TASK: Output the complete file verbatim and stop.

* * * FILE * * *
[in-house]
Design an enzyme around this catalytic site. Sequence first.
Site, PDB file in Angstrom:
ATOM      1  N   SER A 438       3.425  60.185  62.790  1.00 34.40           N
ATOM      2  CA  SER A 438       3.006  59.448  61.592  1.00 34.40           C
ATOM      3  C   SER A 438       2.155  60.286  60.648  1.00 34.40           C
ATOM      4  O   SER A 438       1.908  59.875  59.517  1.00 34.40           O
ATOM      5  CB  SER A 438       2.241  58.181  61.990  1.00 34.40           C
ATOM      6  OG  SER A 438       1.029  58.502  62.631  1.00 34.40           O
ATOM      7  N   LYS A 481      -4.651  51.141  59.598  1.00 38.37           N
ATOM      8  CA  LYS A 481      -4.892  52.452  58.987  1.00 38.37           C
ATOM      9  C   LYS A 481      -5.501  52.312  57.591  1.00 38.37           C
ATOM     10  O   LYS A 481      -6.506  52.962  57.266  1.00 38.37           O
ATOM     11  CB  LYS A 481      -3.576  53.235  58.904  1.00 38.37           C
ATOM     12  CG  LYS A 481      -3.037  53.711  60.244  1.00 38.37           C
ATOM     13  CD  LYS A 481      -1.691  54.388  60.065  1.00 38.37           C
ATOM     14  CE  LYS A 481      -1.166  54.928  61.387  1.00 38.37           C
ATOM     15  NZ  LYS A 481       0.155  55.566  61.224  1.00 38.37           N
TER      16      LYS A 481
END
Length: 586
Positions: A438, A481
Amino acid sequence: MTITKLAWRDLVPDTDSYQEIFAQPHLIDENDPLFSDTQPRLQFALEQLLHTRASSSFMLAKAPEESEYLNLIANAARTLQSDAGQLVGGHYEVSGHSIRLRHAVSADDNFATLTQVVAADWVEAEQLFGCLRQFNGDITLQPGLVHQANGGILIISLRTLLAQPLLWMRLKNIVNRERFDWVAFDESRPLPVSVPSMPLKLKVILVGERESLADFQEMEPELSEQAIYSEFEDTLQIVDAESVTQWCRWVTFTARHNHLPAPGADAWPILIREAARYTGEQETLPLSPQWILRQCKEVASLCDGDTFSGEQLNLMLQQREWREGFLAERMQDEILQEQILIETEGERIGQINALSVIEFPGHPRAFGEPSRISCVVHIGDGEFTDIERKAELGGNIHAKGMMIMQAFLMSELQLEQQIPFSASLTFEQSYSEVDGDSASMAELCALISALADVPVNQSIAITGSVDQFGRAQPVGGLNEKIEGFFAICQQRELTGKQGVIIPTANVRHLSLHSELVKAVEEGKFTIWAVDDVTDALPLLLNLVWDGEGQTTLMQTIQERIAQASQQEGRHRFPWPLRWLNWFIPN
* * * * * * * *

[in-house]
Design an enzyme around this catalytic site. Sequence first.
Site, PDB file in Angstrom:
ATOM      1  N   SER A 438       3.425  60.185  62.790  1.00 34.40           N
ATOM      2  CA  SER A 438       3.006  59.448  61.592  1.00 34.40           C
ATOM      3  C   SER A 438       2.155  60.286  60.648  1.00 34.40           C
ATOM      4  O   SER A 438       1.908  59.875  59.517  1.00 34.40           O
ATOM      5  CB  SER A 438       2.241  58.181  61.990  1.00 34.40           C
ATOM      6  OG  SER A 438       1.029  58.502  62.631  1.00 34.40           O
ATOM      7  N   LYS A 481      -4.651  51.141  59.598  1.00 38.37           N
ATOM      8  CA  LYS A 481      -4.892  52.452  58.987  1.00 38.37           C
ATOM      9  C   LYS A 481      -5.501  52.312  57.591  1.00 38.37           C
ATOM     10  O   LYS A 481      -6.506  52.962  57.266  1.00 38.37           O
ATOM     11  CB  LYS A 481      -3.576  53.235  58.904  1.00 38.37           C
ATOM     12  CG  LYS A 481      -3.037  53.711  60.244  1.00 38.37           C
ATOM     13  CD  LYS A 481      -1.691  54.388  60.065  1.00 38.37           C
ATOM     14  CE  LYS A 481      -1.166  54.928  61.387  1.00 38.37           C
ATOM     15  NZ  LYS A 481       0.155  55.566  61.224  1.00 38.37           N
TER      16      LYS A 481
END
Length: 586
Positions: A438, A481
Amino acid sequence: MTITKLAWRDLVPDTDSYQEIFAQPHLIDENDPLFSDTQPRLQFALEQLLHTRASSSFMLAKAPEESEYLNLIANAARTLQSDAGQLVGGHYEVSGHSIRLRHAVSADDNFATLTQVVAADWVEAEQLFGCLRQFNGDITLQPGLVHQANGGILIISLRTLLAQPLLWMRLKNIVNRERFDWVAFDESRPLPVSVPSMPLKLKVILVGERESLADFQEMEPELSEQAIYSEFEDTLQIVDAESVTQWCRWVTFTARHNHLPAPGADAWPILIREAARYTGEQETLPLSPQWILRQCKEVASLCDGDTFSGEQLNLMLQQREWREGFLAERMQDEILQEQILIETEGERIGQINALSVIEFPGHPRAFGEPSRISCVVHIGDGEFTDIERKAELGGNIHAKGMMIMQAFLMSELQLEQQIPFSASLTFEQSYSEVDGDSASMAELCALISALADVPVNQSIAITGSVDQFGRAQPVGGLNEKIEGFFAICQQRELTGKQGVIIPTANVRHLSLHSELVKAVEEGKFTIWAVDDVTDALPLLLNLVWDGEGQTTLMQTIQERIAQASQQEGRHRFPWPLRWLNWFIPN